“Elephants in Hong Kong” (2016)
French artist Guillaume Cornet always wanted to visit Hong Kong—but his drawings made it here before he did.
HK Magazine: Tell us about “Elephants in Hong Kong.” Guillaume Cornet: The “Elephants in Hong Kong” series was created as I was researching the architectural aspects of Hong Kong. I drew one building at a time, combining real references with my own created interpretations of skyscrapers and residential buildings.
HK: What’s Hong Kong in your eyes?
GC: I haven’t actually been to Hong Kong yet so these paintings are based on photographic research and discussions that I have had. But in my eyes it’s a city that seems to have everything. There is fascinating architecture in such densely populated areas, yet it’s so green and surrounded by water. HK: What do the elephants represent?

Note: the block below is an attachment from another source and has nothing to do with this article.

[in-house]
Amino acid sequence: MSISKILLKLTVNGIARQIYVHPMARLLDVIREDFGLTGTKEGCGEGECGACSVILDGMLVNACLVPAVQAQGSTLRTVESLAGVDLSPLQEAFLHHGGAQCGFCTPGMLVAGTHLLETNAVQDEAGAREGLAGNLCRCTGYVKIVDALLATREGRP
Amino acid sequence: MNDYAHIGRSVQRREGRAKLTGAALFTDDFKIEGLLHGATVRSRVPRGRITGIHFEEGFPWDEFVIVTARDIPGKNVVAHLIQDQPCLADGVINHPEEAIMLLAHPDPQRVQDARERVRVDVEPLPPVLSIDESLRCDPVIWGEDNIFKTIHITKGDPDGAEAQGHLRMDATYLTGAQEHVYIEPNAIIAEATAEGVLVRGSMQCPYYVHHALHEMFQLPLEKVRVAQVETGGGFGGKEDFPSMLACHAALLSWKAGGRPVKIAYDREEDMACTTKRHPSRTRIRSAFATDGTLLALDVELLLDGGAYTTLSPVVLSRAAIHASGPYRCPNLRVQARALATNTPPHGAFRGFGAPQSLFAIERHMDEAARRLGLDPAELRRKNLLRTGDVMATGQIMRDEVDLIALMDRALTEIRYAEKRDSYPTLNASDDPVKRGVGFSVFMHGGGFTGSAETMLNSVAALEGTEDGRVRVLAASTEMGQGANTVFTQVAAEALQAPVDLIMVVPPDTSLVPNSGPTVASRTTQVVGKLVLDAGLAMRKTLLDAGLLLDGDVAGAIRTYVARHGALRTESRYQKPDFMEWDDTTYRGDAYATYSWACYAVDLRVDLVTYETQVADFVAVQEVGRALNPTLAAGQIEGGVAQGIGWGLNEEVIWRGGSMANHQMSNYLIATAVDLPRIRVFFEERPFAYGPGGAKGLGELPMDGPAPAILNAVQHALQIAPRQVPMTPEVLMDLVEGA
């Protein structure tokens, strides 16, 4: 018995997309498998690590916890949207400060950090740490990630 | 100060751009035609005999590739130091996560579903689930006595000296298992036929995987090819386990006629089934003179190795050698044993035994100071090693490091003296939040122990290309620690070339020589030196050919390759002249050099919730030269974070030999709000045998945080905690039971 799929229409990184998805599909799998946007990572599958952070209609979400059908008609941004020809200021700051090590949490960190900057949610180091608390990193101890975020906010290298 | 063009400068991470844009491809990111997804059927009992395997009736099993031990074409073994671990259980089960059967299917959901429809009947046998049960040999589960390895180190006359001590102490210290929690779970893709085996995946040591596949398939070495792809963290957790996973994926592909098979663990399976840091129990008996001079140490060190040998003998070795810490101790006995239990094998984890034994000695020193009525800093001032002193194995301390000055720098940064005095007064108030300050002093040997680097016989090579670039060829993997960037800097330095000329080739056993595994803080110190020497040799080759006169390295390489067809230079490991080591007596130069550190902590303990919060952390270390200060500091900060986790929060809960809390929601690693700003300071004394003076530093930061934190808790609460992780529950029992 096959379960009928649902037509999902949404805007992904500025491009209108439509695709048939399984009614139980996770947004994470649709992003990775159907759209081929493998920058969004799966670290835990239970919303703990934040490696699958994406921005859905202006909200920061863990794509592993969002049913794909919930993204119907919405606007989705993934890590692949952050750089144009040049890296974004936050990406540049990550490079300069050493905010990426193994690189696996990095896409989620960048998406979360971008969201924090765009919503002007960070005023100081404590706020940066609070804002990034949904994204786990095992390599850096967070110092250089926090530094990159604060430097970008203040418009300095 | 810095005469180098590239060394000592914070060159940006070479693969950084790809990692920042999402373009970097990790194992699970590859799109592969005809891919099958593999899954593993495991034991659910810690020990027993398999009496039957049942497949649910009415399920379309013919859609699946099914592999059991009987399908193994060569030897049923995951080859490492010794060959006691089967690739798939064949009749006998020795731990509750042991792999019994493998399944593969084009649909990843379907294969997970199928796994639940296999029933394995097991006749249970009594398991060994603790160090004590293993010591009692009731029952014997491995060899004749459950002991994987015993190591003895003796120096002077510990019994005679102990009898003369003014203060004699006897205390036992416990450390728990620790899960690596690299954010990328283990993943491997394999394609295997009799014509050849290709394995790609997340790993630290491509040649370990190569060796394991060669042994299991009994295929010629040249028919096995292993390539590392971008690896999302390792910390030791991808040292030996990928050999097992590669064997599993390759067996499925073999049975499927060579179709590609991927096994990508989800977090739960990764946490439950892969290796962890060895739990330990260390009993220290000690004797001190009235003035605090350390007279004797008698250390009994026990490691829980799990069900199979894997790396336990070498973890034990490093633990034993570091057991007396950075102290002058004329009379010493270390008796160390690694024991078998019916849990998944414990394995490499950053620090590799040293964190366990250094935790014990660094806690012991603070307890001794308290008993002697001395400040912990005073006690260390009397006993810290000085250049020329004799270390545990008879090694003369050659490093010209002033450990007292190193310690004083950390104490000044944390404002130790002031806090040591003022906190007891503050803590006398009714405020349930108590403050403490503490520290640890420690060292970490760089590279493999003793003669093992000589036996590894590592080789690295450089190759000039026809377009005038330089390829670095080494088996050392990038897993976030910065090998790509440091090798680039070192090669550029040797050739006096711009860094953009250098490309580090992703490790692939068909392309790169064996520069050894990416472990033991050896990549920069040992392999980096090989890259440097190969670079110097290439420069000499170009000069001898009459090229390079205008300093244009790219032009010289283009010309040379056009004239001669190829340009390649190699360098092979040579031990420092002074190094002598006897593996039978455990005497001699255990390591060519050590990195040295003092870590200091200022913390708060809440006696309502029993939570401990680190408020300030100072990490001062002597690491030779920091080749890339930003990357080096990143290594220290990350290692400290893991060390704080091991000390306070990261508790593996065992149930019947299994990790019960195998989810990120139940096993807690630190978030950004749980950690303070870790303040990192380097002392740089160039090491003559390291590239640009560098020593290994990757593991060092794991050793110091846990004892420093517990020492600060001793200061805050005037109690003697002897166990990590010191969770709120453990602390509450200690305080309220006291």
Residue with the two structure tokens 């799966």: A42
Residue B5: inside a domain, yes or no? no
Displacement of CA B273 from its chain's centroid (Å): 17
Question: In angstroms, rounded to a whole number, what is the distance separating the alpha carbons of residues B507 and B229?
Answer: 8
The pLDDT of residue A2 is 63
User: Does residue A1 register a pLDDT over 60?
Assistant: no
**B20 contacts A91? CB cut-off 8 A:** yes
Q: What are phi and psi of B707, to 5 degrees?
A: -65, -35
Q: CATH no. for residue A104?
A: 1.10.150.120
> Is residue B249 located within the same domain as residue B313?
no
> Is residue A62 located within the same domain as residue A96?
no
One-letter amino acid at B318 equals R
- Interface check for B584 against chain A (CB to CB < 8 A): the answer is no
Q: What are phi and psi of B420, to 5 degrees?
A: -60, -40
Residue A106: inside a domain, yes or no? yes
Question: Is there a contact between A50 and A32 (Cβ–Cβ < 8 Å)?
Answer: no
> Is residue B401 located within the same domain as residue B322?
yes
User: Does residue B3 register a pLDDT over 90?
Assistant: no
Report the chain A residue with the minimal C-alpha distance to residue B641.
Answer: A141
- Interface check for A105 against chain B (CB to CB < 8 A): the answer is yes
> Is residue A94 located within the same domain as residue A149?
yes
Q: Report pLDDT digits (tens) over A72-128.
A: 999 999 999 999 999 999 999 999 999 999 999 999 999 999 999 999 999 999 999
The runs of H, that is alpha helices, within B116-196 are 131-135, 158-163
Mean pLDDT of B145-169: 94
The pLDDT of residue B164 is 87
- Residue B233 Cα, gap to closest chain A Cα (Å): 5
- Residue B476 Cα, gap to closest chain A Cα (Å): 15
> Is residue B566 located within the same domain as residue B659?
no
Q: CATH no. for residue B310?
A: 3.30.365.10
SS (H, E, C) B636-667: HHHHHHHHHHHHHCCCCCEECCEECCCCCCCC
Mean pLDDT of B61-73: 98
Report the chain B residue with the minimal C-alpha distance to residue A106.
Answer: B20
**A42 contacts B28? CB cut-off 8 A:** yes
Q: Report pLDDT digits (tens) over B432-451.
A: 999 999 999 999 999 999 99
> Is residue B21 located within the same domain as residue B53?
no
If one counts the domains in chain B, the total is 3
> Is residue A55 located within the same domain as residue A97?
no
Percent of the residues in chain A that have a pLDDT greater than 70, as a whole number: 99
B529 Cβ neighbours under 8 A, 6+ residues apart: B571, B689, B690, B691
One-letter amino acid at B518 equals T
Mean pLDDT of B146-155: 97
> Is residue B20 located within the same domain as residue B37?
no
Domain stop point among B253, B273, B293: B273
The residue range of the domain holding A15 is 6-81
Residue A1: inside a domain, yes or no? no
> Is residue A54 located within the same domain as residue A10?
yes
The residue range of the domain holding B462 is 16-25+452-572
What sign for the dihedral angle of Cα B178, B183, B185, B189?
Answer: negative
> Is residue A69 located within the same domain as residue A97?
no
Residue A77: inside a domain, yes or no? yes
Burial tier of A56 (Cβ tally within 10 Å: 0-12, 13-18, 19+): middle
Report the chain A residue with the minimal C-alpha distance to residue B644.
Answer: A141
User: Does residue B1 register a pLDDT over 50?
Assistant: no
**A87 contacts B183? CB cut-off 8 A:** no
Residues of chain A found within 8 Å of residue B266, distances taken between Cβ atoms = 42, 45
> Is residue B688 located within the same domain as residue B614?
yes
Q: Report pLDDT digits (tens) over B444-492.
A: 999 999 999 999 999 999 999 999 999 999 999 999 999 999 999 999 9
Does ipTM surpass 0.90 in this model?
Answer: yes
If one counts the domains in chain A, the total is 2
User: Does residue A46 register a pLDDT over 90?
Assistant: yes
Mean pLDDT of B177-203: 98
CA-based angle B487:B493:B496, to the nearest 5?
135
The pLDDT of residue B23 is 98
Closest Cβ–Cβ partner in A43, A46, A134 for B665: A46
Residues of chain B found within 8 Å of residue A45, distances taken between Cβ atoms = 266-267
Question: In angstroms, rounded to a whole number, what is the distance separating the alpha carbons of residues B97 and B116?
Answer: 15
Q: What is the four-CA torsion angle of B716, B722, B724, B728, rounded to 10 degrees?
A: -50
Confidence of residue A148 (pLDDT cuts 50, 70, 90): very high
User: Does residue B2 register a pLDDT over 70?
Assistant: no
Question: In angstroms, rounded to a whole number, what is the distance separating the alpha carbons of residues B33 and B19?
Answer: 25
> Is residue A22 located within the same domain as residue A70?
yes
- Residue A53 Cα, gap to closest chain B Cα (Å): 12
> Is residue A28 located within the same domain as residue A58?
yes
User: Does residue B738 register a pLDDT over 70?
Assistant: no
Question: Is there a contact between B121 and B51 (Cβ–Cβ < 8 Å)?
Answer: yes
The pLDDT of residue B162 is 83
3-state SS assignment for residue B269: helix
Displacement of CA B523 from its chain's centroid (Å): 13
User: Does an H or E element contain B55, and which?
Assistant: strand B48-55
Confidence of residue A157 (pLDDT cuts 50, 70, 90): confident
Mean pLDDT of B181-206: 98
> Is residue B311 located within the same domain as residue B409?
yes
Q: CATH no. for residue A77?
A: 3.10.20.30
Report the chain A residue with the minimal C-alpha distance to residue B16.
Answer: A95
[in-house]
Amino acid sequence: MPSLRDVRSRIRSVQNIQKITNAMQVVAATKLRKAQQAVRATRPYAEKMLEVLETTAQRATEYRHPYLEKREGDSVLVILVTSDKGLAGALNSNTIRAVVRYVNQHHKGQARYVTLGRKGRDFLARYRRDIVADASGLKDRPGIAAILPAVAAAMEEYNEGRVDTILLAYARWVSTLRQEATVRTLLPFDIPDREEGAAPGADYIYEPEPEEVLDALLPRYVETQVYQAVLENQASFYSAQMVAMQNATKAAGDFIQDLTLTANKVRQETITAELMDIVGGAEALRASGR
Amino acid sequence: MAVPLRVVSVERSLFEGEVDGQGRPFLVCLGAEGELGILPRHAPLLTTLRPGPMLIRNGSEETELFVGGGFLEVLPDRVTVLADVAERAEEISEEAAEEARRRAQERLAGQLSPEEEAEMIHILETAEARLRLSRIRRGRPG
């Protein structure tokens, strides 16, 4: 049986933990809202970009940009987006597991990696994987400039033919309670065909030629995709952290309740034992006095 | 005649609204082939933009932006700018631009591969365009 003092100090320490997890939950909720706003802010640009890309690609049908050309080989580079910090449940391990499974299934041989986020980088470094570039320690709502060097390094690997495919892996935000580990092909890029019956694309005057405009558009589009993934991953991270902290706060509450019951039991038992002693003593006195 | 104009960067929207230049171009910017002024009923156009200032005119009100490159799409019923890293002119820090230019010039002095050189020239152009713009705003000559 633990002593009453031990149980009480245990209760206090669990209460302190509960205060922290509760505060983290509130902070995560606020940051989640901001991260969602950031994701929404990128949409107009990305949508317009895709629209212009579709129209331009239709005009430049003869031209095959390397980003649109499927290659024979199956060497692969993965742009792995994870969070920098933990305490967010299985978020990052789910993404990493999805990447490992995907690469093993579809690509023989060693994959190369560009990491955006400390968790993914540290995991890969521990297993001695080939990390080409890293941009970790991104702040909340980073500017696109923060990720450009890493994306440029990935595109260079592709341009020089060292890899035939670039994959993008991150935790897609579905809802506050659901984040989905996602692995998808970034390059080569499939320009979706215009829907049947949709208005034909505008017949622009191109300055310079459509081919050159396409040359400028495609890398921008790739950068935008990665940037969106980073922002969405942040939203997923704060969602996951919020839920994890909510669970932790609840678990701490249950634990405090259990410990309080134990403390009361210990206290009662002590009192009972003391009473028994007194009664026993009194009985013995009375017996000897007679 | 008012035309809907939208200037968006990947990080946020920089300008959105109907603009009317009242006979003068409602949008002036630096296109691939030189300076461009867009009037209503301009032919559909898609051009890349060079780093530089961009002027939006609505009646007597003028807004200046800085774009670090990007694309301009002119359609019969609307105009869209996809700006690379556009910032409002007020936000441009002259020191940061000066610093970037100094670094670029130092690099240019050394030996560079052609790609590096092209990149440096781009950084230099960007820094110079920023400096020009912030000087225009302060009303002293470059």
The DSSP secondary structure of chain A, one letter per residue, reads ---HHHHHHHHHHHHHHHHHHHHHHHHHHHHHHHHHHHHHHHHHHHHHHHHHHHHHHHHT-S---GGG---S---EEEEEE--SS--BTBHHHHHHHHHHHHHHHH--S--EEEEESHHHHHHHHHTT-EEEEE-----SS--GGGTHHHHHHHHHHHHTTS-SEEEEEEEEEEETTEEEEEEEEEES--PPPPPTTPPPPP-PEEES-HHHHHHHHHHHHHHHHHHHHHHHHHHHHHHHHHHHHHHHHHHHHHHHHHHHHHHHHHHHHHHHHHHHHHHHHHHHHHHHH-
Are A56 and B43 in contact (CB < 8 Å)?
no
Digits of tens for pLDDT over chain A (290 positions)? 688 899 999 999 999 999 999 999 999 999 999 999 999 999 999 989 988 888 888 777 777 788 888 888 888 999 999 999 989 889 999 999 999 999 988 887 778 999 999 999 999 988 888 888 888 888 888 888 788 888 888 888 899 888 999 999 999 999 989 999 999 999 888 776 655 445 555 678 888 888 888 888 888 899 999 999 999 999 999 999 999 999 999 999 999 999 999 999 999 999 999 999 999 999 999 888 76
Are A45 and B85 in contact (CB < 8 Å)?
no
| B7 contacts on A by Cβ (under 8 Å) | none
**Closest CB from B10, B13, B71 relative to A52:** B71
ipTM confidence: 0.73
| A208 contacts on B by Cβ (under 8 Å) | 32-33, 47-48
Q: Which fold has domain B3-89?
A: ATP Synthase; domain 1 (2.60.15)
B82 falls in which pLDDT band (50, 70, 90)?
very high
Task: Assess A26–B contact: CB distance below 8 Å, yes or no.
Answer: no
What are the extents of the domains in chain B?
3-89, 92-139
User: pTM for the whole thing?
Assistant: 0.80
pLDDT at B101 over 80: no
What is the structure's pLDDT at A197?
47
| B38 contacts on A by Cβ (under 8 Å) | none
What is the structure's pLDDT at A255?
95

GC: The elephants represent my inner child, the joy of life and freedom. They are so big and powerful that they make the world look small. When you are drawing in the miniature scale I draw in, the larger size of the elephants means that I can still include great features.
HK: How do you see Hong Kong in your art?
GC: Looking from afar, from photos and descriptions, I have only focused my attention on the architecture and transport used in Hong Kong. But looking into the neon signage, street food vendors, street escalators, thousands of AC units, hanging bird cages… I have only started to portray Hong Kong. There is so much more I would like to develop—such as the culture, smells and noises.
Meet Cornet at the “Elephants in Hong Kong” opening on Mar 18, 7pm. Exhibition runs through Apr 20 at Odd One Out, G/F, 14 St Francis St., Wan Chai.